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Pregame Report: Ducks Ready to Ramp Up Intensity Tonight in Game 2

by Staff Writer / Anaheim Ducks


By Kyle Shohara
AnaheimDucks.com

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As the Ducks look to take a 2-0 series lead in this best-of-seven series vs. Winnipeg, the common theme inside the locker room this morning was the need for improvement. Captain Ryan Getzlaf, who notched three points (1g/2a) in Game 1, says the Ducks are going to have to meet Winnipeg’s push not only tonight, but for the remaining games of the series. And if it means ramping up the physicality (Anaheim dished out 46 of the 83 hits in Game 1), the Ducks are ready and willing.

“We’re going into it with the same mentality as last game,” said Getzlaf. “There is no more pressure to win any one game until you’re facing elimination. We know what we’re up against. They’re going to be a better group tonight, so we’ll have to be better as well. Last game, we played with a lot of excitement and controlled emotion. We were in the game right from the start.”

Ducks head coach Bruce Boudreau says his team will have to kick it into a higher gear. “Everything in Game 2 right through to Game 7 ramps up a little bit,” he said. “Composure is going to be important. Just because we’re up 1-0, we can’t let up. We have to play better because we know they will play better.” Boudreau also emphasized the importance not committing unforced errors. “[Those] are things that kill you an awful lot,” he said. “We know what we’re supposed to be doing. If we have very few of those unforced errors, we’ll be on the right track.”

Managing emotions, Boudreau says, is going to play a key role throughout the series. For instance, Winnipeg forward Mark Scheifele’s unnecessary roughing penalty on Ryan Kesler late in the second period led to Corey Perry’s game-tying tally in the opening minute of the third period. “We’ve talked about it so much,” Boudreau said, regarding controlled emotion. “It’s something we know during the course of the year wasn’t very good on our part. [We] did a good job last game, but as the series gets ramped up, hopefully you can keep your cool under pressure.”

No lineup changes are expected for Anaheim tonight. Frederik Andersen stopped 25 of 27 shots in Game 1, and enters tonight’s action with a 4-2 record in eight career postseason contests. Patrick Maroon was Boudreau’s choice on the top line in Game 1 and earned an assist on Perry’s game-tying goal. The 6-2, 231-pound left wing also delivered three hits in 16:42 TOI. Maroon is continuing his point-per-game pace vs. Winnipeg, earning four assists in four games (including three regular season contests). Defensive pairings remained unchanged from Game 1, so James Wisniewski and Korbinian Holzer are the expected healthy scratches on the blueline. As for the forwards, it appears Jiri Sekac, Tomas Fleischmann and the injured Nate Thompson will be scratches.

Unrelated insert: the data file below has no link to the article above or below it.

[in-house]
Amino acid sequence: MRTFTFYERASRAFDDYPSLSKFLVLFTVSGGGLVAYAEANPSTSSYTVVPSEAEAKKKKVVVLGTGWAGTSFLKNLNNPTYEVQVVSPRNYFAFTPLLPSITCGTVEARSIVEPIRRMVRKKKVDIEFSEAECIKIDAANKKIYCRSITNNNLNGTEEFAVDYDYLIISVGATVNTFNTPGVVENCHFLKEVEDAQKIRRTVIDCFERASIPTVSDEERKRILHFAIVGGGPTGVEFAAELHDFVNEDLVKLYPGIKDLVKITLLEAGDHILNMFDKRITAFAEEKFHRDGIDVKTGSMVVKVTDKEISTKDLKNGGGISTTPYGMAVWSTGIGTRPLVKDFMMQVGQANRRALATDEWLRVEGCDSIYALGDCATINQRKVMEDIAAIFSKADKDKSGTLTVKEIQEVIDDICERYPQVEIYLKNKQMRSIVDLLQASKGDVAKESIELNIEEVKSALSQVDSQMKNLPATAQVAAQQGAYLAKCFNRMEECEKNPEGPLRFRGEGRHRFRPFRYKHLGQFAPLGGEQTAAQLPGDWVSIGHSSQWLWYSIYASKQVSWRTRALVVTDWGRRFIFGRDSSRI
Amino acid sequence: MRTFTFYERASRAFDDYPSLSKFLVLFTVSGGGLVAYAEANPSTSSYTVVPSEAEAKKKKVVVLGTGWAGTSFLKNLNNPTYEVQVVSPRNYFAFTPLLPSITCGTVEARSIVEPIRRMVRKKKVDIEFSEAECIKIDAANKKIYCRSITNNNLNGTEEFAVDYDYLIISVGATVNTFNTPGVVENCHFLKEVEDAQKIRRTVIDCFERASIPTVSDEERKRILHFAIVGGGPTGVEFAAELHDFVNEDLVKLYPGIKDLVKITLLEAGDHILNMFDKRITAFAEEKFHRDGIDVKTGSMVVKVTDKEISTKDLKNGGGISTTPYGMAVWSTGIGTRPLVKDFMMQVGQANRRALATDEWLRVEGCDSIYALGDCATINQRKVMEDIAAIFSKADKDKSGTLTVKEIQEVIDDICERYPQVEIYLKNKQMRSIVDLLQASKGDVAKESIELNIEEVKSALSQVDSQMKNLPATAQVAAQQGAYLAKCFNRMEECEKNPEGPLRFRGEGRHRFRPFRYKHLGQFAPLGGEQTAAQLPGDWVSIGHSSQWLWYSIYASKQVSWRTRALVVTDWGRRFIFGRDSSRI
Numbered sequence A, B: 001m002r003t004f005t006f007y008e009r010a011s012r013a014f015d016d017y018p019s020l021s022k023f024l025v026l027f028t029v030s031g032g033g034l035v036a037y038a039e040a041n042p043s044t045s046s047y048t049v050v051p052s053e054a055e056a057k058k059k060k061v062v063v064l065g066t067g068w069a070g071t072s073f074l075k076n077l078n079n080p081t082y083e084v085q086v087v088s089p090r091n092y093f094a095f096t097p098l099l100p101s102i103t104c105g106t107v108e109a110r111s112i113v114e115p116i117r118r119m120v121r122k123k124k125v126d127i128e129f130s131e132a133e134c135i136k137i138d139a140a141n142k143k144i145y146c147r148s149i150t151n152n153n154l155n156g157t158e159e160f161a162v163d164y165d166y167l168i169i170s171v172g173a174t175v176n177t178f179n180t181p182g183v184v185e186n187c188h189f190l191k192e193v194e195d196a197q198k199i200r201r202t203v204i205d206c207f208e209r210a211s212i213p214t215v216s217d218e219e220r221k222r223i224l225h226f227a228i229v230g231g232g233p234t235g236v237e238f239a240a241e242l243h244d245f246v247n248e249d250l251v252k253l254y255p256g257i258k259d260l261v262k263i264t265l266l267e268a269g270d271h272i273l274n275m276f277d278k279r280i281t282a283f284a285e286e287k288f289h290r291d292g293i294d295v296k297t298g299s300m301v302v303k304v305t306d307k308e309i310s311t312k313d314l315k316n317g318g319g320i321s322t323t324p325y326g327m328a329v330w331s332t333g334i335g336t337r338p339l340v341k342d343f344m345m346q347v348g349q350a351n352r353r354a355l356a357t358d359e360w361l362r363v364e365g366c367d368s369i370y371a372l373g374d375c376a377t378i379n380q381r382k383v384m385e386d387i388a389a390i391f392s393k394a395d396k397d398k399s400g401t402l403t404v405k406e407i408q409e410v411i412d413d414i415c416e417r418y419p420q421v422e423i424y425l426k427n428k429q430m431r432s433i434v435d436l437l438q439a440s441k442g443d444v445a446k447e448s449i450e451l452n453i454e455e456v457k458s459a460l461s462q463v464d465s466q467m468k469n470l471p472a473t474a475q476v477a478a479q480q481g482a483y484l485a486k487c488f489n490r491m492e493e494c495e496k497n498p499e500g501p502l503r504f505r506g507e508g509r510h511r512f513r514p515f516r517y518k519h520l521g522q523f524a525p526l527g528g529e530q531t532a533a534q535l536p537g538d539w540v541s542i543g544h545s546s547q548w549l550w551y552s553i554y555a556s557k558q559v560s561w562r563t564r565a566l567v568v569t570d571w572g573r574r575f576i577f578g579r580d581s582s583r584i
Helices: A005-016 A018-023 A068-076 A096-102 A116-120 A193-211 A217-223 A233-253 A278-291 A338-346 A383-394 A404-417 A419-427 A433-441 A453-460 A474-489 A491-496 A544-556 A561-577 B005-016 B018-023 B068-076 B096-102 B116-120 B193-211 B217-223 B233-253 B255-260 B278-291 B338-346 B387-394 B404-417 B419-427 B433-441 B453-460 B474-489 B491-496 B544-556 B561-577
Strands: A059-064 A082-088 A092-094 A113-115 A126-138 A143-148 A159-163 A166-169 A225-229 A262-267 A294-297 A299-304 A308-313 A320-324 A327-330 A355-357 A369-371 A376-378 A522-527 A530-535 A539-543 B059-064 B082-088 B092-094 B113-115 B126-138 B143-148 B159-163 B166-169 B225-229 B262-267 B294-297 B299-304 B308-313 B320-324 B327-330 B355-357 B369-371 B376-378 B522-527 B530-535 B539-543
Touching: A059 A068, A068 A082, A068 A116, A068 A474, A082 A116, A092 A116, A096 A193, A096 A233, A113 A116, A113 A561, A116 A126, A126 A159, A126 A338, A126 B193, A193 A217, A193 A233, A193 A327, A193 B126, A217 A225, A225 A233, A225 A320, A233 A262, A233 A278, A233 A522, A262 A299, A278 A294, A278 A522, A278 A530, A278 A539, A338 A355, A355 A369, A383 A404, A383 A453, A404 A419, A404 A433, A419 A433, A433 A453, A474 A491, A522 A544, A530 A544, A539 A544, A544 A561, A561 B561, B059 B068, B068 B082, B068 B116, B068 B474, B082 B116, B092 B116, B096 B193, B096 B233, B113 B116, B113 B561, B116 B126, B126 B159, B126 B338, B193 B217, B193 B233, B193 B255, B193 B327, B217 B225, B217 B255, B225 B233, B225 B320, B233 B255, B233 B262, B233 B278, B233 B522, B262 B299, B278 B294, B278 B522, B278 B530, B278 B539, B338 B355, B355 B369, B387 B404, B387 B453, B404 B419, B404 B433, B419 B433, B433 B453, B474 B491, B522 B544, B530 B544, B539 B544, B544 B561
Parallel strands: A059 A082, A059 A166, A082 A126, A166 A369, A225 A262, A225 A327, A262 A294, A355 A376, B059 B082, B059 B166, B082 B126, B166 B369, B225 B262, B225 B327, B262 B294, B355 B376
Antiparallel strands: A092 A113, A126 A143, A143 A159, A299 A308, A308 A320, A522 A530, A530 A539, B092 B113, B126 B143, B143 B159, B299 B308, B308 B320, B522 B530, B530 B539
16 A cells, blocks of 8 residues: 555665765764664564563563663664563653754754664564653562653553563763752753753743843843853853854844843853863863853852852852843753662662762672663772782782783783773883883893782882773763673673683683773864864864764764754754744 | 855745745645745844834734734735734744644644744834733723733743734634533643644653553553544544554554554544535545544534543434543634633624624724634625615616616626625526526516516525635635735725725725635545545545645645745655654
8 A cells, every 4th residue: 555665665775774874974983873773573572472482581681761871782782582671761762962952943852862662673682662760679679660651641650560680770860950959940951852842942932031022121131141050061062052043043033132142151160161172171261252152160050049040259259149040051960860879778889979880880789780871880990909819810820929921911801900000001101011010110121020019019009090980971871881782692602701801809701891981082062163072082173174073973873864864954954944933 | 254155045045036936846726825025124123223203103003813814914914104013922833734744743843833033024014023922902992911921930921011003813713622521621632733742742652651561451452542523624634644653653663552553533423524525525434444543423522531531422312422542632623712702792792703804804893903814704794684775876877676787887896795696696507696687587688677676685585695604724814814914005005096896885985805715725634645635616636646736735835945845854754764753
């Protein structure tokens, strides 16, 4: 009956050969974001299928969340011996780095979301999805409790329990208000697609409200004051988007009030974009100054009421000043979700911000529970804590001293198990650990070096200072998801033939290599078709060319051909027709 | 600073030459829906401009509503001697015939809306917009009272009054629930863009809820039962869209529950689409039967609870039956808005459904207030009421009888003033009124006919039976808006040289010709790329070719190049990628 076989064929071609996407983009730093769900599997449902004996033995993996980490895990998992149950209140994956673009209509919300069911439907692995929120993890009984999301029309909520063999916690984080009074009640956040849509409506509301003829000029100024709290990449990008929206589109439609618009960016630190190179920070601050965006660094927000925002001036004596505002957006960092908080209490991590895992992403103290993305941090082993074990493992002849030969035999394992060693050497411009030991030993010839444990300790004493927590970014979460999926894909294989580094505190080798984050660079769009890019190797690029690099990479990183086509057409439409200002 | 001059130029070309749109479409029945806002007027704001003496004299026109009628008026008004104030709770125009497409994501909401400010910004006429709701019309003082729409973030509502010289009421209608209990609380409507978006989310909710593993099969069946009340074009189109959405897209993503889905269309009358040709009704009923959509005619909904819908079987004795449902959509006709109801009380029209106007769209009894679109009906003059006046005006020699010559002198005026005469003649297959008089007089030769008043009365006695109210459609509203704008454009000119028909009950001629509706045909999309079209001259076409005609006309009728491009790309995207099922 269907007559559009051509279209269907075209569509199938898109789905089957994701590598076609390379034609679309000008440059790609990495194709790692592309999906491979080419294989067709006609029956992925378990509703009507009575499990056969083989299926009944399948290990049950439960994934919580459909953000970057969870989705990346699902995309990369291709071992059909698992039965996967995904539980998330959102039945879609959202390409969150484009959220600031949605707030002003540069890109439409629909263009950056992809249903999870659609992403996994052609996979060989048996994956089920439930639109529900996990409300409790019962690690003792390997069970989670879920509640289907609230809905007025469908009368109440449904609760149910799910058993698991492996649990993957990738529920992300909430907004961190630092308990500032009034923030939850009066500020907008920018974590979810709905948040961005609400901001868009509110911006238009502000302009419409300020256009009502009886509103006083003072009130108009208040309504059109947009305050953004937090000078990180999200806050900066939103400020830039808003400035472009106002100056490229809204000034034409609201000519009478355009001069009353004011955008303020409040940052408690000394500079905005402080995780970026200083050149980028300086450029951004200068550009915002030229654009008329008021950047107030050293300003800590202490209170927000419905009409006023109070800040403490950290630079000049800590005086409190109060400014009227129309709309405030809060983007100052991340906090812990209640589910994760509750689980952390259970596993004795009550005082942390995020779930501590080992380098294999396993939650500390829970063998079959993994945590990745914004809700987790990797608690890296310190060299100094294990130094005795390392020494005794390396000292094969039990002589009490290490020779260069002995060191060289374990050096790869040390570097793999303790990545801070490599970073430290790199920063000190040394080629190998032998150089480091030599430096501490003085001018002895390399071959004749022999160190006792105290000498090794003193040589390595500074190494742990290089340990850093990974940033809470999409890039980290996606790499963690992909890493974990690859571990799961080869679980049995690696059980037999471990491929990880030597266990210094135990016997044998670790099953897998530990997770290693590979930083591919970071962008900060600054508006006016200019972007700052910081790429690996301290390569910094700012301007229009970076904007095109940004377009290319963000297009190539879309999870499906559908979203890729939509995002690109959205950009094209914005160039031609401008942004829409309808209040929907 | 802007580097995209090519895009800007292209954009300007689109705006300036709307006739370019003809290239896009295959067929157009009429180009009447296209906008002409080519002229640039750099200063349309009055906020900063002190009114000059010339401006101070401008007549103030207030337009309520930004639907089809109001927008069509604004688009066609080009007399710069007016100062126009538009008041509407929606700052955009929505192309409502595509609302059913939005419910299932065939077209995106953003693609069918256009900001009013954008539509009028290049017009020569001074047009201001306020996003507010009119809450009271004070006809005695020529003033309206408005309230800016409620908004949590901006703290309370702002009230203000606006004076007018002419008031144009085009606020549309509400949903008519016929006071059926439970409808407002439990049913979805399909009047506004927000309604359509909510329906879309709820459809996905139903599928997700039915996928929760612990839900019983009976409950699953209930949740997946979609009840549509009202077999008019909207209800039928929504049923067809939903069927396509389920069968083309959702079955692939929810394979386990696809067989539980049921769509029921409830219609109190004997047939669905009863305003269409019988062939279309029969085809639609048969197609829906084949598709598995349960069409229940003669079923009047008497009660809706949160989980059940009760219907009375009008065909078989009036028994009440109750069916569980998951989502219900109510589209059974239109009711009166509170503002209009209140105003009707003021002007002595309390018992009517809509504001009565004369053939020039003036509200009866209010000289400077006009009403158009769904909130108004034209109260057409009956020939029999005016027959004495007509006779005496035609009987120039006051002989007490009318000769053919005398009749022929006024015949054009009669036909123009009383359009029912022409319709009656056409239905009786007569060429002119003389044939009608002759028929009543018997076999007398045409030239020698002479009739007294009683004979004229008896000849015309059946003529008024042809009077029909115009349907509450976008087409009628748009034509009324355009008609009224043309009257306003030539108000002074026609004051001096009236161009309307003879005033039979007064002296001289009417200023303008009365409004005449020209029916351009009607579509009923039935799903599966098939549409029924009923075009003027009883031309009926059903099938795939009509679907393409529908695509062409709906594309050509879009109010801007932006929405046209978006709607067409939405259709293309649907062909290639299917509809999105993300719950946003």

QUOTES FROM THE LOCKER ROOM
Hampus Lindholm, on areas of improvement: “We could be a little bit more aware of their defense coming up. We need to use home ice advantage with line changes, and always having fresh guys out there. We need to come out a little harder in the second period. Otherwise, we’ll just keep going.”

On what he expects from the Jets tonight: “We knew it was going to be a battle in this series. It’s going to come down to determination and the will to win. That’s the fun part of it.”

Bruce Boudreau, on Sami Vatanen’s performance in Game 1: “It was a good confidence builder for him, not that he needs any confidence in himself. He had struggled a little bit since he came back from his injury, around 13 to 15 games ago. Even scoring his goal – that was his first since coming back – I think helped him. When he’s playing with confidence and moving the puck extremely well, good things usually happen. I’m happy for him. Hopefully he can continue at that pace because we need guys from the backend to help create offense.”

On the importance of winning faceoffs: “We talk about 50-50 battles in the faceoff dot all the time. It’s not just the centermen. There are so many pucks lying around there, it’s your wingers who help out. We got the better of the last two periods in that regard. When you start with possession of the puck, it’s usually out of your own or in their zone. Those are two vitals areas of the rink that you want to get to. Faceoffs are important. Kesler and Getzlaf take a lot of pride in that. The other guys are young, but they work on it.”

On if possession statistics have any impact on how he runs his bench: “It doesn’t have any impact on how I’m running the bench. We have matchups. If they’re not working, we change them. We don’t get the possession numbers after every period and say Oh wow, we better do something about this or that. I have faith in our guys. If Kesler’s line or Getzlaf’s line isn’t having a good period, we’ll be able to see that visually. I don’t need numbers to tell me they aren’t playing well. If that’s the case, we try to switch matchups.”

EXPECTED LINE COMBINATIONS
Patrick Maroon-Ryan Getzlaf-Corey Perry
Matt Beleskey-Ryan Kesler-Kyle Palmieri
Andrew Cogliano-Rickard Rakell-Jakob Silfverberg
Emerson Etem-Chris Wagner-Tim Jackman

Hampus Lindholm-Francois Beauchemin
Cam Fowler-Simon Despres
Clayton Stoner-Sami Vatanen
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